Week 50 of 52: Bartering and the Community
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Week 50 of 52: Bartering and the Community
One of my favorite chapters in Patriots was when the main characters were invited to a community market where they bartered with other like-minded individuals for supplies. Personally speaking, that chapter expressed hope – hope that our civilization would not crumble, hope that a community would flourish, that business exchanges would still carry on and ultimately, it was the beginning of a community coming together. If a long-term emergency causes an end to our existing monetary system and an end to the exchange based on fiat currency that our world currently operates in, people will resort back to bartering for skills and services in order to make transactions.
Living in a bartering environment means one must possess certain goods or skills that others find value in. As Brandon Smith writes on the subject:
“If you wish to survive after the destruction of the mainstream system that has babied us for so long,” he says, “you must be able to either make a necessary product, repair a necessary product, or teach a necessary skill. A limited few have the capital required to stockpile enough barter goods or gold and silver to live indefinitely. The American Tradesman must return in full force, not only for the sake of self-preservation, but also for the sake of our heritage at large.”
Check out Brandon’s excellent article on the barter system here. So what items or services would be ideal or deemed valuable for bartering in a long-term emergency? Ideally, for bartering in a short-term emergency, you want to consider the basic survival items that may seem to quickly disappear or items many did not plan for. A list of the top 100 items to disappear first can be viewed here.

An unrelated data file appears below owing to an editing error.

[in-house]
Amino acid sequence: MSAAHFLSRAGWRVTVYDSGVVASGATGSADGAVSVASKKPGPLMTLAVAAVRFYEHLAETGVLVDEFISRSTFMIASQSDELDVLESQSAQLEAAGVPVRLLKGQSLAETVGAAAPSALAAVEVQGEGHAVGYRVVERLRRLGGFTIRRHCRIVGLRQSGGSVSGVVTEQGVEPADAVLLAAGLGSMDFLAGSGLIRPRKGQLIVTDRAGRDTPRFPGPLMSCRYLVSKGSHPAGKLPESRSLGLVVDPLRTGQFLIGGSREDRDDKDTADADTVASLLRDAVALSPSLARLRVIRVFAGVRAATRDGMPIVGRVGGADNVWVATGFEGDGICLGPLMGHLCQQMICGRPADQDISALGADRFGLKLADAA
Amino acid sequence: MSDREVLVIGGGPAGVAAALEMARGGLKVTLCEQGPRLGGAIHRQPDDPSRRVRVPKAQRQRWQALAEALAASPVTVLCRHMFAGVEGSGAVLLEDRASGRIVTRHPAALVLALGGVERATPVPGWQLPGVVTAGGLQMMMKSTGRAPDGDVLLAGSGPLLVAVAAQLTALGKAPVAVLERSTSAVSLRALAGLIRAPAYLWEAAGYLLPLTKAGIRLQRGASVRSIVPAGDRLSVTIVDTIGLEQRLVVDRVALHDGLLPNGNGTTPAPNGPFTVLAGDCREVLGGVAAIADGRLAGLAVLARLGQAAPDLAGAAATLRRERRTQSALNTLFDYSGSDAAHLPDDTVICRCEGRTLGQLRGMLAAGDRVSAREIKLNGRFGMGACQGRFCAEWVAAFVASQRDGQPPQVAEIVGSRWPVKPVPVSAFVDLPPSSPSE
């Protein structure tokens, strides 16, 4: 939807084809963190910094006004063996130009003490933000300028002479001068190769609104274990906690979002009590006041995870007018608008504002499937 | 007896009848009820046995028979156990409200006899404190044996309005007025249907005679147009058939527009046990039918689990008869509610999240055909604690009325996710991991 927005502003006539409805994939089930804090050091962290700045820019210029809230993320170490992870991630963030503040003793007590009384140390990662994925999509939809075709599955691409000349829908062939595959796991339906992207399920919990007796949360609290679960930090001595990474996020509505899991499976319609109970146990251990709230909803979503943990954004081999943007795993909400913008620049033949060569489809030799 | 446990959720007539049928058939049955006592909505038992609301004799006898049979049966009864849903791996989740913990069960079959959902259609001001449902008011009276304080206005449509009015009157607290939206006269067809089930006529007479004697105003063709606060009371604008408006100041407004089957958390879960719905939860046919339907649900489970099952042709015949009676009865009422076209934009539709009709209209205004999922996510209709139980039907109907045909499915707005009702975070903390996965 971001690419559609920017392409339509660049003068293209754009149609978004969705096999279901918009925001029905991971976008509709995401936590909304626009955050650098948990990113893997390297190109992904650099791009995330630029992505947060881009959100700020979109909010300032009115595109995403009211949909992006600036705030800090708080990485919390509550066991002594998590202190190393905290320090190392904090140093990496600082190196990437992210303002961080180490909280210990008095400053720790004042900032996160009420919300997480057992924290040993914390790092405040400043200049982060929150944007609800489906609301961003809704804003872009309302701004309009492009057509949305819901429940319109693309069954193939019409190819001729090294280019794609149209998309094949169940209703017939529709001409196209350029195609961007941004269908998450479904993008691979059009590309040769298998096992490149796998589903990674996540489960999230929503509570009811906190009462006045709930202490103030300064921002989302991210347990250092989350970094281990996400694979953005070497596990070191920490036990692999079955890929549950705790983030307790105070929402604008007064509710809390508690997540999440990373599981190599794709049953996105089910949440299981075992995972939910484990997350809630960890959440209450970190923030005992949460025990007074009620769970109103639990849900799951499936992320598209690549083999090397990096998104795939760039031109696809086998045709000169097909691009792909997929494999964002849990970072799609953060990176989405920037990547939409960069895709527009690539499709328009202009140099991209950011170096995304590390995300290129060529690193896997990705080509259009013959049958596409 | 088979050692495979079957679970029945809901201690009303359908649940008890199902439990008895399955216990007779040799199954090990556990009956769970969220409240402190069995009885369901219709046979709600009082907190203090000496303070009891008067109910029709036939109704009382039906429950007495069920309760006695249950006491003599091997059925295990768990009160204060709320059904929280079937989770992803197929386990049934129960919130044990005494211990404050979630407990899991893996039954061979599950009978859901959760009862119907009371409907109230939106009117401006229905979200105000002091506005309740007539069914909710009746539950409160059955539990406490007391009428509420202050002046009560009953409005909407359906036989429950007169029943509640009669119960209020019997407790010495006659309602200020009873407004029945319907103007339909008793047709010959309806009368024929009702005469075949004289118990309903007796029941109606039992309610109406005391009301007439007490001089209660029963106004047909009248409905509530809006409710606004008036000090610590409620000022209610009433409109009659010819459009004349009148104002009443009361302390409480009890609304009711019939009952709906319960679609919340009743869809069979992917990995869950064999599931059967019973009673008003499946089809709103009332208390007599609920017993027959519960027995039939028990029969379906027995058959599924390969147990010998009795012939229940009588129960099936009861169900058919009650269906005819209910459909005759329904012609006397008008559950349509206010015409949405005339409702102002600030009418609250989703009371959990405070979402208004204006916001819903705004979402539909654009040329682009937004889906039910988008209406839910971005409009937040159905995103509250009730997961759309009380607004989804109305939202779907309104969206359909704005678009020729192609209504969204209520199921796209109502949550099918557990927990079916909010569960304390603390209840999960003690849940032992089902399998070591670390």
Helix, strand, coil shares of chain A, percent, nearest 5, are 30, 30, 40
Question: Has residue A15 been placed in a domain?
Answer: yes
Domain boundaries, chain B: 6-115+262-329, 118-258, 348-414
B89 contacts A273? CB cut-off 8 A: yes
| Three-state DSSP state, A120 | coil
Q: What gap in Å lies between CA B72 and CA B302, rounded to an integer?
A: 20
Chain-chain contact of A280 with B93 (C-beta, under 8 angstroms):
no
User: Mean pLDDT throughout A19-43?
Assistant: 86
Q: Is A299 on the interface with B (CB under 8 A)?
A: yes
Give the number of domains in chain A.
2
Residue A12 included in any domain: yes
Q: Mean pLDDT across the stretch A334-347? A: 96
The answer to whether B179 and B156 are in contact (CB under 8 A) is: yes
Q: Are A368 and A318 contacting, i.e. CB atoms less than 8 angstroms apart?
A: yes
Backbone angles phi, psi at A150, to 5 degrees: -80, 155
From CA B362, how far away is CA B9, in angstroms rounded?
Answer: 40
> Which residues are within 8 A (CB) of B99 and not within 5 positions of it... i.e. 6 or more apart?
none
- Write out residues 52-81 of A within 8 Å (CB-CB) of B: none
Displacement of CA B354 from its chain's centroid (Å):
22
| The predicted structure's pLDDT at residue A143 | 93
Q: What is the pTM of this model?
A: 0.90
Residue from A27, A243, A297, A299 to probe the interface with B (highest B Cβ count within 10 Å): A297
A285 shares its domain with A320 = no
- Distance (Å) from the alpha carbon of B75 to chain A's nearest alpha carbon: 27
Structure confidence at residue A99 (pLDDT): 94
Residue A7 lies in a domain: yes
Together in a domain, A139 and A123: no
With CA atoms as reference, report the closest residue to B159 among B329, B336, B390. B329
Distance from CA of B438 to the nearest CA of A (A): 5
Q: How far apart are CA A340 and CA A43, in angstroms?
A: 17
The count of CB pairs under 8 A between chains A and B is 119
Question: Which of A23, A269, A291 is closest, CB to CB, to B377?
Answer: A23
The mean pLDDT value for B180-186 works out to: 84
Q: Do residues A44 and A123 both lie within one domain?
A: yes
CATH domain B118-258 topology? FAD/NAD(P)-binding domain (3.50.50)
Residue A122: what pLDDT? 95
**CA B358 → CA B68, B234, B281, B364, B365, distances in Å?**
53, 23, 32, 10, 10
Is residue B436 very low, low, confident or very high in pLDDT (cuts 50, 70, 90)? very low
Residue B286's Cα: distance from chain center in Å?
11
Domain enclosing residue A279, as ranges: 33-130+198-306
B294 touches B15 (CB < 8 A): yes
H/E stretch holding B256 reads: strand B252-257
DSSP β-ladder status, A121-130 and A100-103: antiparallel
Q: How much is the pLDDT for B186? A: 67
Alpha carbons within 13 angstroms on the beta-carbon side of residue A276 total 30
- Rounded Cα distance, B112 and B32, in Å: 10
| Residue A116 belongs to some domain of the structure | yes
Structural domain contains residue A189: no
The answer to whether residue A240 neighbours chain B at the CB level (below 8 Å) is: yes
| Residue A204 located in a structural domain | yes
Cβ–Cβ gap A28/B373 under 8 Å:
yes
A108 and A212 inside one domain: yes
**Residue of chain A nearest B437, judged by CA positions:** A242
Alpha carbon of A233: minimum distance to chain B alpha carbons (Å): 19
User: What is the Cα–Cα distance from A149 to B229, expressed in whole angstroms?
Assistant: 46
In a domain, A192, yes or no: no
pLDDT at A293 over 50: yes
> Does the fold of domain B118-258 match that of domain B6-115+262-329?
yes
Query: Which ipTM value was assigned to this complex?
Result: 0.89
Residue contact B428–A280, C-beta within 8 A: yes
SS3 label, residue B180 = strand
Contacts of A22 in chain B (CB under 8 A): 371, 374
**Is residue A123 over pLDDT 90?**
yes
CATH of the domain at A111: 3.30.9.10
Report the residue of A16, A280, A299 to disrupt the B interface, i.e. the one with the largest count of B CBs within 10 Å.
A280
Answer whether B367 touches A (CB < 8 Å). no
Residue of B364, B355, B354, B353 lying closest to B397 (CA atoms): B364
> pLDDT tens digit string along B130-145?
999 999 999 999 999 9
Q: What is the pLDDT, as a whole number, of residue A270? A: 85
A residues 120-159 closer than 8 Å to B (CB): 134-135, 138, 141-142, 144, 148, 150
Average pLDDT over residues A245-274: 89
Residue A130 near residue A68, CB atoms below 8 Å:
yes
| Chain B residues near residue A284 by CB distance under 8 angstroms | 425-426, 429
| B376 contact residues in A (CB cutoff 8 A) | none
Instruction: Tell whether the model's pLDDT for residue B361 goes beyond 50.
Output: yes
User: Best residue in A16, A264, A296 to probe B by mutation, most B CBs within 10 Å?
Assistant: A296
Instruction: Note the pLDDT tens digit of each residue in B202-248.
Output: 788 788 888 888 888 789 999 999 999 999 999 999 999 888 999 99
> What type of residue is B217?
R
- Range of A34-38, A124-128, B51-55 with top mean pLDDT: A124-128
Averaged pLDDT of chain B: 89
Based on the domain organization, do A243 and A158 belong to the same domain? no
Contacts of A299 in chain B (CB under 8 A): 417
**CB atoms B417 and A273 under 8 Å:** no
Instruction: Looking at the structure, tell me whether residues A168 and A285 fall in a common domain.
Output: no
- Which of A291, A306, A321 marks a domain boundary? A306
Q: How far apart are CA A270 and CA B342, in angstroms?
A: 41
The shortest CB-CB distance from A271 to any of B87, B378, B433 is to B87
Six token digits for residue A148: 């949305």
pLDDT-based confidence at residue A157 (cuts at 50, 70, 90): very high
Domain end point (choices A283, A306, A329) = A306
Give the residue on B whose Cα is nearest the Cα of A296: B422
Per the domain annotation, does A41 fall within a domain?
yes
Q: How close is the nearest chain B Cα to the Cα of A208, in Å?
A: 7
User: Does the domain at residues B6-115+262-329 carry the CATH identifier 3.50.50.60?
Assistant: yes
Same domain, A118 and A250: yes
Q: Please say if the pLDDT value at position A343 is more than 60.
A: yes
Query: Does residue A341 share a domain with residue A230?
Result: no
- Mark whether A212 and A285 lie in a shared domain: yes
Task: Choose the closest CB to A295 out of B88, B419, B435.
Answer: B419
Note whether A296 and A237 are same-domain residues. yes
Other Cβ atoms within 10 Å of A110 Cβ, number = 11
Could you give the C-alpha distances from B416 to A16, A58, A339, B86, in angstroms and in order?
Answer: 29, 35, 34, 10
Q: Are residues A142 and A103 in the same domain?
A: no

Barter items can be purchased at the dollar store, the flea market or at liquidation houses. Many who are investing in bartering items purchase the smaller quantities of certain items. For example, if someone wanted to stock up on soda for a bartering situation, they would stock up on the cans and not the liter versions of the product. This helps you sell more products. Yard sales are also great places to purchase “trash to treasure” finds. Items that you can acquire and store inexpensively may one day be more valuable than gold. For an in-depth list of items to invest in for a bartering system, click here.
Don’t forget about the items that you can produce yourself. This goes hand-in-hand with the barter of skills. Stock up on the supplies you need to create the following items for a long-term flow of “income”.
- Fresh produce
- Ammunition (see *caution below)
- Home canned items
- Preserved meats (jerky, ham, etc.)
- Warm knitted or crocheted items (mittens, hats, scarves)
- Yarn spun from animal fibers
- Homemade candy
- Homemade soap
- Homemade candles
- Wooden or clay bowls and plates
- Herbal remedies
*Caution: Exercise great discretion when bartering with weapons and ammunition. It is entirely possible that those items could be used against you to take your supplies. These are items to be bartered only with someone you trust implicitly or as an absolute last resort.
If the grid goes down or the economy collapses in a long-term way, gone are the days of making your living doing IT work or ringing through purchases at the grocery store. You will need to become not only self-sufficient, but a provider of goods or services. Consider what abilities and knowledge you possess that can be shared with others. And further consider acquiring new skills that could be used as a bartering exchange during a long-term emergency. To see a detailed list of suggested skills for a bartering situation, click here.
Precious metals are the only form of currency that has stood the test of time. Keep in mind, that if you plan to use precious metals to barter with, it may be difficult to make small trades with. To circumvent this issue, invest in a supply of pre-1965 US silver coins: